Diwali, the Festival of Lights

Light triumphs over darkness as Hindu communities get together to celebrate the annual 5-days long festival of Diwali

On November 3rd, millions of people around the world started celebrating Diwali.

Also known as Dipawali, it is the largest and most important Hindu festival, and is observed over 5 consecutive days.

The Etymology of Diwali

The name of the festival comes from the row (āvali) of clay lamps (dīpa) that Indians place outside their homes to represent the inner light that shields them from spiritual darkness. In fact, during Diwali, thousands of candles are lit to represent the triumph of light over darkness, good over evil, knowledge over ignorance, peace over war, and hope over despair. It's no coincidence that it is also known as the "light festival."

The Origins of the Festival

Hindus interpret Diwali according to their own traditions and faiths, however, a similar thread runs across all interpretations: the triumph of good over evil.

In Northern India, rows of clay lamps are burnt to commemorate King Rama's return to Ayodhya after defeating the evil spirit Ravana.

In South India, Diwali commemorates the day Krishna destroyed the demon Narakasura, while in Western India it commemorates the day when Vishnu defeated the demon King Bali.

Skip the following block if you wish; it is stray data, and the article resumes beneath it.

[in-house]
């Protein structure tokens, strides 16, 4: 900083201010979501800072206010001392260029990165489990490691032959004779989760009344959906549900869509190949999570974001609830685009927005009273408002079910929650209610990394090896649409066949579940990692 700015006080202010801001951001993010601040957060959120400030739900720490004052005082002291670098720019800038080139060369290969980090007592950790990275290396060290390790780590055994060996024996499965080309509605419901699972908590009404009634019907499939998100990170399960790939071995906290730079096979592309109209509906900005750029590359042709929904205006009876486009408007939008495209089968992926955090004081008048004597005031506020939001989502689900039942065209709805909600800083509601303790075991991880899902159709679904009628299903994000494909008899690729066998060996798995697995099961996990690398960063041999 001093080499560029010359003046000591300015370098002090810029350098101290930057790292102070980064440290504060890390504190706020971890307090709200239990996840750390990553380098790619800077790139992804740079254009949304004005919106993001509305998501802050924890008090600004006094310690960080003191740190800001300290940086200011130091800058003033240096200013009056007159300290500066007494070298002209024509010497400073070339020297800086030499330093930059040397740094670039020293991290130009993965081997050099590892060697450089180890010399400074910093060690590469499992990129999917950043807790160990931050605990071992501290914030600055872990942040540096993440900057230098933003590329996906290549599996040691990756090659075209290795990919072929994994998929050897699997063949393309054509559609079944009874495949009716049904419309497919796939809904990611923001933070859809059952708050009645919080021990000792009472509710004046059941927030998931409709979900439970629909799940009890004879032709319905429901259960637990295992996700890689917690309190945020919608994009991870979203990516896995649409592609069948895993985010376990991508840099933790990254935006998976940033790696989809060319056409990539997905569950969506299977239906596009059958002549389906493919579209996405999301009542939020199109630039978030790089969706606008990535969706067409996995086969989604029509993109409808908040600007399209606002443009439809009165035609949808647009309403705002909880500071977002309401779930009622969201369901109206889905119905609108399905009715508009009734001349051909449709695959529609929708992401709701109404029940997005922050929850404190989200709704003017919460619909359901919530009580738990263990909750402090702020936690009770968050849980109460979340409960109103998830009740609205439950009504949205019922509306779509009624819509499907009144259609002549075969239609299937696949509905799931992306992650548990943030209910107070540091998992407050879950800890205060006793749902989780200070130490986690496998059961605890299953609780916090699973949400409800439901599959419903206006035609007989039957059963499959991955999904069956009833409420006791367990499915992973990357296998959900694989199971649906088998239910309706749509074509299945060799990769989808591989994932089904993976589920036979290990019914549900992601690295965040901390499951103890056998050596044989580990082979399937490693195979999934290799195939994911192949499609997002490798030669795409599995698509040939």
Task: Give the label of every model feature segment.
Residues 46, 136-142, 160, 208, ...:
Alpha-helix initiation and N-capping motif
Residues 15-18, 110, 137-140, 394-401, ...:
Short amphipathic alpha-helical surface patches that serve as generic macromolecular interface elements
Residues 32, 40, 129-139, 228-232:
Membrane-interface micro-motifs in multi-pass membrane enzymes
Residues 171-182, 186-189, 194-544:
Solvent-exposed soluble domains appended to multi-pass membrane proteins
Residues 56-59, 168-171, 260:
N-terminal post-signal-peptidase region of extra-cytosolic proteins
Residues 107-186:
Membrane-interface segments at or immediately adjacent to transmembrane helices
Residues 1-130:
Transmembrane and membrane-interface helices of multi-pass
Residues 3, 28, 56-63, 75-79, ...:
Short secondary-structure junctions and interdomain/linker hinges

Over the years, Diwali has become a national celebration for Hindus, Jains, Buddhists, and Sikhs alike.

Buddhists remember the conversion of Emperor Ashoka, while many Jains celebrate the festival of light in honour of Mahavira, who established the central spiritual ideas of Jainism.

Five Days of Celebrations

Cleaning the house, purchasing gold, new clothes or utensils are some of the propitious preparations during Diwali’s first day, together with prayers.

Clay lamps and colourful powders or sand are used on the second day to make design motifs (rangolis) on the floor of each house.

On the third day, families assemble for Lakshmi puja, a devotion to the Goddess Lakshmi followed by food and fireworks festivals.

The fourth day is the first day of the new year, and therefore considered the most important day of the festival.

Friends and neighbours exchange presents and best wishes as they celebrate the spirit of gift-giving.

The last day of Diwali, the brothers visit their married sisters who welcome them with love and traditional meals.

Community

Diwali Festivals held by local government groups and community groups across Australia every year, showcase the best of Indian food, entertainment and cultural practices including henna painting. These events often promoted as the Festival of Lights are a great way to get involved in the celebrations.